1-18 of 18 results  for:

  • 1861–1865: The Civil War x
  • Government (Federal) x
  • Humanities and Social Sciences x
Clear all

Article

Patricia Glinton-Meicholas

was born in 1797 in the French colony of Saint-Domingue (renamed Haiti following its revolution). He was the son of Mary Catherine Esther Argo (also “Hester Argeaux”), a free woman of African descent. His father was purportedly Etienne Dillet, a French army officer. Naturalized as a British subject of The Bahamas in 1828, Stephen Dillet became a member of one of the earliest organized civil rights pressure groups in The Bahamas, and he was the first Bahamian of color to win election to the colony’s Parliament.

Dillet was a man whose character and social and political pursuits were deeply influenced by events of international import, which supplied the context for his life. His birth in 1797 six years after the outbreak of the Haitian revolution was attended by bloody conflict The chief combatants were the free people of color and enslaved blacks who had rebelled to free themselves ...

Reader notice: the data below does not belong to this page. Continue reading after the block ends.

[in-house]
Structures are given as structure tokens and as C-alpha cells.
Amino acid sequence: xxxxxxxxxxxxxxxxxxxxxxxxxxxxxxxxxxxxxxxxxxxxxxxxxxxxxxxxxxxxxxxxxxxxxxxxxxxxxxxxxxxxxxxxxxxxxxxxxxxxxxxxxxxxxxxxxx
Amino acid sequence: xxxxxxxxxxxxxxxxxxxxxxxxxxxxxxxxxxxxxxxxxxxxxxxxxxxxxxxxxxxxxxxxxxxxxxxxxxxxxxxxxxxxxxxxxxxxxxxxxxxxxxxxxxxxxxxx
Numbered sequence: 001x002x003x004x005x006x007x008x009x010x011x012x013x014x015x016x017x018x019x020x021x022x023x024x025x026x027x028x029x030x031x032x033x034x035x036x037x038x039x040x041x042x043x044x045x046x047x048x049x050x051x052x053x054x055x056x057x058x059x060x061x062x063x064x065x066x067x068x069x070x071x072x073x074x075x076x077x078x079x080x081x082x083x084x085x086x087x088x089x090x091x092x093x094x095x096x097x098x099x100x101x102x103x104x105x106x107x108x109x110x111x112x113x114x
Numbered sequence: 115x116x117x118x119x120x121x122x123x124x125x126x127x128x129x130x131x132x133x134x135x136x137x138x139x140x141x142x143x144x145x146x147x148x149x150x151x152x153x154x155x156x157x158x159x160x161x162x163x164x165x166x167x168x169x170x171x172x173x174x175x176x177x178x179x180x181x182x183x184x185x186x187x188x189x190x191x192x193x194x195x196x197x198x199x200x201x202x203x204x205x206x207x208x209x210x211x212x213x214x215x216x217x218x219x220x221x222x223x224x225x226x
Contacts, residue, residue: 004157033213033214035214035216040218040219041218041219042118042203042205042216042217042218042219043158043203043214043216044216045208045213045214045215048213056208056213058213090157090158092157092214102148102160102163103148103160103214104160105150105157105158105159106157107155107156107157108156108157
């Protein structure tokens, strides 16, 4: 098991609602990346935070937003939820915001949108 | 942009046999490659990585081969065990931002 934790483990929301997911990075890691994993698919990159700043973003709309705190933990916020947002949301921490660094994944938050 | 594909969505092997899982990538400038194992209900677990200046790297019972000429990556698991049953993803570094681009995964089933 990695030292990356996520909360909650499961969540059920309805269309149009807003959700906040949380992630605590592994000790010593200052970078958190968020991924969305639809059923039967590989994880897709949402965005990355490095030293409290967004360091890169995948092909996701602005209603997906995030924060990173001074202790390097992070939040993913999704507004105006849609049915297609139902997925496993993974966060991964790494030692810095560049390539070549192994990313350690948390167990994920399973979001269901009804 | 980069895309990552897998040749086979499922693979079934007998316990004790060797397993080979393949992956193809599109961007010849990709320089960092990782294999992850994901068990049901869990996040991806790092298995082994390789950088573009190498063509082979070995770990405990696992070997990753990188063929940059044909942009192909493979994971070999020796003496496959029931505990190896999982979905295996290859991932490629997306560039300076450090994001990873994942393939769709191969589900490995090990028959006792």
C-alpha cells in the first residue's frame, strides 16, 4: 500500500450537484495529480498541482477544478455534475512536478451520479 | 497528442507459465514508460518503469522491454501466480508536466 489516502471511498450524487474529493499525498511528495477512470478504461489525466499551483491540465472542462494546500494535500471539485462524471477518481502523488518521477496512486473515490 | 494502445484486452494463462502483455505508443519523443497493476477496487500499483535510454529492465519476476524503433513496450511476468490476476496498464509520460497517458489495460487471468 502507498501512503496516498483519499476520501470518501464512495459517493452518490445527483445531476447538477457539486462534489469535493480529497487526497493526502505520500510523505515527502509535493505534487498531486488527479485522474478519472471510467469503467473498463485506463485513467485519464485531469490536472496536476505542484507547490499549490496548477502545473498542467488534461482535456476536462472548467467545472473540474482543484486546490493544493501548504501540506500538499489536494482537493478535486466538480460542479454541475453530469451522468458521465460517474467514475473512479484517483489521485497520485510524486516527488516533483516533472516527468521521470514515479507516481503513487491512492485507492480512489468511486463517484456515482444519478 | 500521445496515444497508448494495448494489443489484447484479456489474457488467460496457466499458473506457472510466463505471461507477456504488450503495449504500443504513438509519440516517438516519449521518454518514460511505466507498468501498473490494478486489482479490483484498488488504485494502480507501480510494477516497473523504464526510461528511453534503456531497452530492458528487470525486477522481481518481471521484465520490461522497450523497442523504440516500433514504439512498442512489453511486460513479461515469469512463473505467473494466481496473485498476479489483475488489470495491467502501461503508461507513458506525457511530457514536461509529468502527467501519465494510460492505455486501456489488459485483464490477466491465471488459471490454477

Article

Vernon J. Williams

lawyer and social scientist, was born in Weston Platt County, Missouri, the son of George Ellis, a farmer, and Amanda Jane Trace. George Ellis left home after completing elementary school, primarily because Weston Platt County could not provide him with the education or training he desired. He moved to Kansas City, Missouri, where he found greater educational opportunities but increased racial hostilities. As a consequence, he soon moved to Atkinson, Kansas, where he completed high school in 1891. Ellis continued his education at the law school at the University of Kansas, receiving an LLB in 1893. While practicing law Ellis pursued a BA at Kansas; it is not known, however, if he completed the requirements for the degree. While at the University of Kansas he was active in Republican politics and debated in Kansas's McKinley Club.

Ellis moved to New York City in 1897 where ...

Article

Benjamin Letzler